When you and your husband or wife is ready to separate, there are two legal options: legal separation and divorce. Either option can leave you with a host of questions; we’ve tried to answer some of the most common questions about filing for legal separation (and divorce) in Wisconsin. If you have any more questions or questions specific to your situation, schedule a consultation with a local and experienced attorney.
What is the difference between a legal separation and a divorce?
A divorce indicates that a marriage is “irretrievably broken,” which indicates that there is no chance of reconciliation. Either party may legally marry after a divorce.
Under a legal separation, the court finds that the marriage is “broken” and there is no final divorce decree. The legal separation can be set aside any time in the event of reconciliation.
One of the main commonalities of both a legal separation and a divorce is that both initiate discussions of child placement and financial considerations between both parties.
Does my husband/wife get notified of consultations and meetings I have with an attorney?
No. All consultations and meetings are kept confidential, as is all information conveyed with attorneys and staff.
How can I legally separate from my husband or wife in Wisconsin?
Either spouse can file for legal separation. If both spouses file for legal separation or divorce, papers are not served to the other spouse as it would be if one party filed. From date of filing, there is a 120 day waiting period until the final judgment (same as a divorce).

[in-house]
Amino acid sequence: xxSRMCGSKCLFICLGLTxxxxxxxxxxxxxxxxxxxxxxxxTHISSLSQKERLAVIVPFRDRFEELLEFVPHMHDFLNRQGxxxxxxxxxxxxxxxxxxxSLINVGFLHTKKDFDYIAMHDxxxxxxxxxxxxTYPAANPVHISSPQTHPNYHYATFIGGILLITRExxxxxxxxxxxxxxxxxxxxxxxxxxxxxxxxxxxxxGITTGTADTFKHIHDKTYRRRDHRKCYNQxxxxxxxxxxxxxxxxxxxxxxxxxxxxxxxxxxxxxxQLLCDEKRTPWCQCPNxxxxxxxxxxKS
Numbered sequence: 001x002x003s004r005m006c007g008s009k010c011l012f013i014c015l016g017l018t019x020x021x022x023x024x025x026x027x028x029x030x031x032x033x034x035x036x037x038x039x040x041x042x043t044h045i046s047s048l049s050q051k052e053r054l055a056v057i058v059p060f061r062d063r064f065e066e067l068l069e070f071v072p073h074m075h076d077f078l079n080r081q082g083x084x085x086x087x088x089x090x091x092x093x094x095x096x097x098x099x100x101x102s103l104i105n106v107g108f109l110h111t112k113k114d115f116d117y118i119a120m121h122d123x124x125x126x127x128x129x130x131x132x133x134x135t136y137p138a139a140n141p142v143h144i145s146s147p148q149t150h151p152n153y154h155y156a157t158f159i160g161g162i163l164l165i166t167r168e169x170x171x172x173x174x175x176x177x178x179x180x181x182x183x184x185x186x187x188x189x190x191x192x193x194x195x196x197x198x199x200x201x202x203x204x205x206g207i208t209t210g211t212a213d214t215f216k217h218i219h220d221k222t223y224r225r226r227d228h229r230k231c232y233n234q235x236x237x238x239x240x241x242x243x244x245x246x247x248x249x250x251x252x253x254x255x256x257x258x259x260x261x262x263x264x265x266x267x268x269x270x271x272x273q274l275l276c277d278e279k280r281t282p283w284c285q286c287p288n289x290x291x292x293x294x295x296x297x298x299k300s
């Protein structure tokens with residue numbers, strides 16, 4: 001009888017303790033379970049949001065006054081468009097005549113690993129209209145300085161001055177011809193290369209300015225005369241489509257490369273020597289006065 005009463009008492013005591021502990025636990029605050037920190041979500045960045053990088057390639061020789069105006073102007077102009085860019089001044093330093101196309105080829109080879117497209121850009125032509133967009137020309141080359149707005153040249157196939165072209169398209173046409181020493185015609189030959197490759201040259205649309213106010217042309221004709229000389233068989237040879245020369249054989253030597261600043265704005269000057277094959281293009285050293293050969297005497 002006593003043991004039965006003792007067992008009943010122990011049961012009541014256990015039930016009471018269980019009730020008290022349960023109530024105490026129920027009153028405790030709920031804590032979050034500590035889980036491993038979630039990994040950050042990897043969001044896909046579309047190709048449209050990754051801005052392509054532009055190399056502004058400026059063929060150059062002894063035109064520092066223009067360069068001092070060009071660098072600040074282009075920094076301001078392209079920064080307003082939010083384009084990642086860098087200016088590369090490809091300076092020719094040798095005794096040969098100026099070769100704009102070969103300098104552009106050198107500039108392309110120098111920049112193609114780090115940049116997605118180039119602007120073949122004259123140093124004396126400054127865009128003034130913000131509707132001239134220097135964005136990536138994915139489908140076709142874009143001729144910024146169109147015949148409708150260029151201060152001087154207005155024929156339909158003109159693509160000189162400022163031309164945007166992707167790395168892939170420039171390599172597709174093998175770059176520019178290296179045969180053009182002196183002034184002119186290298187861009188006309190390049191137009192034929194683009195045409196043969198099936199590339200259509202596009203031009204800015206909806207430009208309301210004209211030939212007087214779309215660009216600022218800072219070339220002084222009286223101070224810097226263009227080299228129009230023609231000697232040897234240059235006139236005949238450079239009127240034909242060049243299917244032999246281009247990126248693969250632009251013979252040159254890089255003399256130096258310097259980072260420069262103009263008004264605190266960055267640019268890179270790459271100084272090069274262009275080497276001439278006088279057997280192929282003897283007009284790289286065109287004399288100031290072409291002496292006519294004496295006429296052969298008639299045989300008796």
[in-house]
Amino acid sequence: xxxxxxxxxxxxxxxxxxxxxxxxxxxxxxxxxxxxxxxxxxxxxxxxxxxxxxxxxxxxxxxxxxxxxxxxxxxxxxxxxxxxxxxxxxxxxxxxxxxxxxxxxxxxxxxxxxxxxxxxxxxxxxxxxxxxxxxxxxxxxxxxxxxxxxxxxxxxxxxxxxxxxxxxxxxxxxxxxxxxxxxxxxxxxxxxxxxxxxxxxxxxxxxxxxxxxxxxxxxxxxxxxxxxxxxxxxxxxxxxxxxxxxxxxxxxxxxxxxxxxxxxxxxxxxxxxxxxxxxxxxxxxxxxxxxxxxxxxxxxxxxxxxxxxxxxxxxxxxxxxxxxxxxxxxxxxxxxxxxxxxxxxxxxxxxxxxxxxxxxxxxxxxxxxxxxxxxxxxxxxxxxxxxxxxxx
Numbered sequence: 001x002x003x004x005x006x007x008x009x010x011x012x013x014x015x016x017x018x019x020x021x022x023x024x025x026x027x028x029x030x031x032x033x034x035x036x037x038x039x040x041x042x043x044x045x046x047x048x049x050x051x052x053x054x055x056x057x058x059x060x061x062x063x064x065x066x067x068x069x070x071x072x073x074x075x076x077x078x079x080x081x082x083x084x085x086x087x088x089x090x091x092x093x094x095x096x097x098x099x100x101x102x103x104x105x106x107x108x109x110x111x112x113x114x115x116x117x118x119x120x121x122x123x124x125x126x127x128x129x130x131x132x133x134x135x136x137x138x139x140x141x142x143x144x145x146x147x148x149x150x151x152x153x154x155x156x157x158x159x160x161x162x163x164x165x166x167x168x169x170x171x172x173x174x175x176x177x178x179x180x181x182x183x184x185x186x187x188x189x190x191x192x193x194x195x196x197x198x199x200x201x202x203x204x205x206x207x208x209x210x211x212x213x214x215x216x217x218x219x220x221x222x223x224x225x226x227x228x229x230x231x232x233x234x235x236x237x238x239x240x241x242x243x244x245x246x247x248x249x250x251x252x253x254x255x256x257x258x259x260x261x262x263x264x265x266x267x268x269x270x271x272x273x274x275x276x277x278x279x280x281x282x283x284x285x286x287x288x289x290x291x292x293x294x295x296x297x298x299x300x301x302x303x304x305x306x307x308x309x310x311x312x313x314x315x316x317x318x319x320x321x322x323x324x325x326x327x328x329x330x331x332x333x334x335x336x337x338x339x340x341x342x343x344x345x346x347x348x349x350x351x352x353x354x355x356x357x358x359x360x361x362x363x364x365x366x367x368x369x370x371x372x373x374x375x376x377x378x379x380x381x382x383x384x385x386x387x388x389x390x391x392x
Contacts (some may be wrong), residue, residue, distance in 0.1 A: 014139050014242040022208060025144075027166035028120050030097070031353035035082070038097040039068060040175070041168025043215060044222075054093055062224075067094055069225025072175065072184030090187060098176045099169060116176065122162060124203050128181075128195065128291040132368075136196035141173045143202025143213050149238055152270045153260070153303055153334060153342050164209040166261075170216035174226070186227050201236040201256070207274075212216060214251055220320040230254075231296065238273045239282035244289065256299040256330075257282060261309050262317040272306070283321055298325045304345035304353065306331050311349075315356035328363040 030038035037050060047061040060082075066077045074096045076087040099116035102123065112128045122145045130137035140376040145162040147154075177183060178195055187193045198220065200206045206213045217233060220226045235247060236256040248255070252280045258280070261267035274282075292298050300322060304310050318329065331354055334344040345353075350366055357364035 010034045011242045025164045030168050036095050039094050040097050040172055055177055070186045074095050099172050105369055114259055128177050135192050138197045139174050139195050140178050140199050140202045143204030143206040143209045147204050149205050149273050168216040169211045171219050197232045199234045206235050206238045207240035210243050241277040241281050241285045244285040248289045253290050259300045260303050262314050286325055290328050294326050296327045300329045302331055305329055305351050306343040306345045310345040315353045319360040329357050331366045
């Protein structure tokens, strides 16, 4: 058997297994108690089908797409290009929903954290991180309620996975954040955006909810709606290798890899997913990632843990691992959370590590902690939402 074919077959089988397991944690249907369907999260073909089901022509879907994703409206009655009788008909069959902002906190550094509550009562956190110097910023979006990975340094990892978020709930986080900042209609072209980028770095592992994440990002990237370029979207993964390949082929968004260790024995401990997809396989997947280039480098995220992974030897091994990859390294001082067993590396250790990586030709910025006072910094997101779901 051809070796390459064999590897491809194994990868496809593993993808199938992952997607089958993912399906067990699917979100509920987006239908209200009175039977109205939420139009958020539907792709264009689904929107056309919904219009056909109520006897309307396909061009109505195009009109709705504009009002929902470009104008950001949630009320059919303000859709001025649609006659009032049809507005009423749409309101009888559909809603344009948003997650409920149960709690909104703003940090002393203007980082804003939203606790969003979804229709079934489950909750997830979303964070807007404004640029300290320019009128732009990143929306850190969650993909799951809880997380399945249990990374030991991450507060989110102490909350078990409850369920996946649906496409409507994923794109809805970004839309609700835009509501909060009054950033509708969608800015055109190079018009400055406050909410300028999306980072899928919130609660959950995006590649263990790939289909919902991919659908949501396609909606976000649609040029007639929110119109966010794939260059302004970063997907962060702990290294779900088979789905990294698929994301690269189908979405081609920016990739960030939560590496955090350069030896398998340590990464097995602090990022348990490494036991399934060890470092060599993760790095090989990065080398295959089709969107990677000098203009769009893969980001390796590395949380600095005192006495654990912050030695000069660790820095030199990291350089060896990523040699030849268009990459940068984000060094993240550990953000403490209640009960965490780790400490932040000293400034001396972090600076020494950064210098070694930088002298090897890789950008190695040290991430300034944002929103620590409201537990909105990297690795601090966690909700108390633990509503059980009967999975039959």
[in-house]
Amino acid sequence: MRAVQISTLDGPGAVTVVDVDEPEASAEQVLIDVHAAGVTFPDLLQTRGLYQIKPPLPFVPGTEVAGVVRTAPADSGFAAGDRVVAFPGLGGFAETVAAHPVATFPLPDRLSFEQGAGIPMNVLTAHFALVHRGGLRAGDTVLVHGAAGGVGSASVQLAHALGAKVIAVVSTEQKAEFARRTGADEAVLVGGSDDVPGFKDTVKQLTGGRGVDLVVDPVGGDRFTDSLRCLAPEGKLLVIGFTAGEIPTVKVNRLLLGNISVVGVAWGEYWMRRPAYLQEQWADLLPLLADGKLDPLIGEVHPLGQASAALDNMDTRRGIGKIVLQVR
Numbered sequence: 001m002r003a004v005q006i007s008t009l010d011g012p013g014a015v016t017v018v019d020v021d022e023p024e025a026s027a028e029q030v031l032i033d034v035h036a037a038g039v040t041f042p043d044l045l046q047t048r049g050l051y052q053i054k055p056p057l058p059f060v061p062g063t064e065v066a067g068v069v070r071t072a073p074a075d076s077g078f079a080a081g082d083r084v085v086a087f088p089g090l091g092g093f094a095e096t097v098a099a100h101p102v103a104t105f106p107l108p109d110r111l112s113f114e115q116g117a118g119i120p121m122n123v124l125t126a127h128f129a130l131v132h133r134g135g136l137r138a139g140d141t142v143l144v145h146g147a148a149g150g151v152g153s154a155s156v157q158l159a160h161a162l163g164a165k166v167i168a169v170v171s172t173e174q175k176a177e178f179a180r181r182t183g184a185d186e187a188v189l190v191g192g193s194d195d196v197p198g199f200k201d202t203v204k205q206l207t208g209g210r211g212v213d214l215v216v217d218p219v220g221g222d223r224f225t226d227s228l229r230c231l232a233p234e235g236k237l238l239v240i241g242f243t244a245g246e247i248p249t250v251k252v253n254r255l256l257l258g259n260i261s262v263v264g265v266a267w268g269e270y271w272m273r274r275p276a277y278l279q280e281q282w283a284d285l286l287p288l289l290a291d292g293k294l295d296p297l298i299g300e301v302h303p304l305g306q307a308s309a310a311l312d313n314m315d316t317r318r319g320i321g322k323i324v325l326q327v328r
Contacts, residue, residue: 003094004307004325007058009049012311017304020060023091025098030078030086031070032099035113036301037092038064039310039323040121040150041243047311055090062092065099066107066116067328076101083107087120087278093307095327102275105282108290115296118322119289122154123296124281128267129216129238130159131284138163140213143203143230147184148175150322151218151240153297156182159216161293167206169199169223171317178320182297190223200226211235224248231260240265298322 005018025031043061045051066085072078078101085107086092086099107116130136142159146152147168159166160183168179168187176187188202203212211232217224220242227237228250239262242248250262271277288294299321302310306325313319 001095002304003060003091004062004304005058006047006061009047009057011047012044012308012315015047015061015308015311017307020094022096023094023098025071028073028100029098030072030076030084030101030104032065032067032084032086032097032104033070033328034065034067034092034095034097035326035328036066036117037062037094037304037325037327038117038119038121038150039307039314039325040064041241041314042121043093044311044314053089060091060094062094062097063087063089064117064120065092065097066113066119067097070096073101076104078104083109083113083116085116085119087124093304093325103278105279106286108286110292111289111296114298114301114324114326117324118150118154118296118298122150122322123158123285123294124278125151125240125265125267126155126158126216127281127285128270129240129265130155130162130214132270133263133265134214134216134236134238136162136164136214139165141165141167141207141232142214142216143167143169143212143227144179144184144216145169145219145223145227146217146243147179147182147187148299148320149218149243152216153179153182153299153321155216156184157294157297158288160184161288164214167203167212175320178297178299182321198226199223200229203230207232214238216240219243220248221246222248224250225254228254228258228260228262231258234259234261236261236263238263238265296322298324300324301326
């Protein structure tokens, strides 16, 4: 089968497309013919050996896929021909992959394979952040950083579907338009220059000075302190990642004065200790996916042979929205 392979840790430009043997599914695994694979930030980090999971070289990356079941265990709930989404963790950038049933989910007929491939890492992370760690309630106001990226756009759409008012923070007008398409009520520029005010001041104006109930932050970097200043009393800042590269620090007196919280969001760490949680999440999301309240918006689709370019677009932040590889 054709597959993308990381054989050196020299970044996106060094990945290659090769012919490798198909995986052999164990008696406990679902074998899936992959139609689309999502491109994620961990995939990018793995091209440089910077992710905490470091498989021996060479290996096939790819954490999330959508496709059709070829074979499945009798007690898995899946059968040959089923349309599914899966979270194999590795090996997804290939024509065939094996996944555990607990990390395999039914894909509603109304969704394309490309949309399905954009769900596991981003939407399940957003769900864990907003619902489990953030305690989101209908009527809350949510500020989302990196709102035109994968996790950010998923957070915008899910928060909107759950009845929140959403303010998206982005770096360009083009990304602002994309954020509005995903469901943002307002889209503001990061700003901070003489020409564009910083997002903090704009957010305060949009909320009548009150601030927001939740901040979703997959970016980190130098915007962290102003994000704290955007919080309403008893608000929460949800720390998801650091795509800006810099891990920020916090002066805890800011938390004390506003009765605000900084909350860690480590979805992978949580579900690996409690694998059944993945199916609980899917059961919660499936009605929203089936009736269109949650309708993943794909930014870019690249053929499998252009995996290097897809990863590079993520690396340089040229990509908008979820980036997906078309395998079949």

How does child custody get worked out?
If you have children, working out a schedule for child placement is part of the proceedings. Know these child custody terms to help you as you work through the process of deciding child placement and child custody matters.
How can we change a filed legal separation case to a divorce?
Because proceedings are similar, the change from a legal separation to a divorce can be made with a written request.
Does living apart qualify as legal separation?
No. Living in separate homes, dividing finances, and paying separate bills is not a legal separation only a physical one. To be legally separated or divorced, there must be a filing.
Can we use the same attorney to save money? What is the cost of a legal separation or divorce?
The cost for each legal separation is different, depending on the specific circumstances of the parties involved. Both spouses cannot use the same attorney for the proceedings because of ethics. Often, you can schedule a initial consultation about your legal separation or divorce with an attorney, where you can ask questions and your attorney can get information on the case (here’s how to get the most out of that initial meeting with your attorney).